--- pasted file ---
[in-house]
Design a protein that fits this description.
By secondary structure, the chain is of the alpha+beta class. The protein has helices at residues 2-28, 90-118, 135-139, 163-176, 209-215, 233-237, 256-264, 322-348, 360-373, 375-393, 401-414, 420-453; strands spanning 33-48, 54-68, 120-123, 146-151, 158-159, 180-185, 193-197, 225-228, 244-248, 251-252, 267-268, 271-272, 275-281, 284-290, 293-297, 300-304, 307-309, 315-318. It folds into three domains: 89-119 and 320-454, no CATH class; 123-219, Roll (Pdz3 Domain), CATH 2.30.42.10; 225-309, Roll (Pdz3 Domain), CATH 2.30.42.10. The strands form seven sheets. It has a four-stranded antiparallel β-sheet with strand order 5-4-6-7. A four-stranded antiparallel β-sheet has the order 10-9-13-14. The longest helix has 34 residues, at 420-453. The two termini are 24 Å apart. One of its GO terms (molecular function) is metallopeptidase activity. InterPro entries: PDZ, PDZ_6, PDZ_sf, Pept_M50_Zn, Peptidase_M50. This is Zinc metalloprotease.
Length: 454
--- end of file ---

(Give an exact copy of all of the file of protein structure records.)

[in-house]
Design a protein that fits this description.
By secondary structure, the chain is of the alpha+beta class. The protein has helices at residues 2-28, 90-118, 135-139, 163-176, 209-215, 233-237, 256-264, 322-348, 360-373, 375-393, 401-414, 420-453; strands spanning 33-48, 54-68, 120-123, 146-151, 158-159, 180-185, 193-197, 225-228, 244-248, 251-252, 267-268, 271-272, 275-281, 284-290, 293-297, 300-304, 307-309, 315-318. It folds into three domains: 89-119 and 320-454, no CATH class; 123-219, Roll (Pdz3 Domain), CATH 2.30.42.10; 225-309, Roll (Pdz3 Domain), CATH 2.30.42.10. The strands form seven sheets. It has a four-stranded antiparallel β-sheet with strand order 5-4-6-7. A four-stranded antiparallel β-sheet has the order 10-9-13-14. The longest helix has 34 residues, at 420-453. The two termini are 24 Å apart. One of its GO terms (molecular function) is metallopeptidase activity. InterPro entries: PDZ, PDZ_6, PDZ_sf, Pept_M50_Zn, Peptidase_M50. This is Zinc metalloprotease.
Length: 454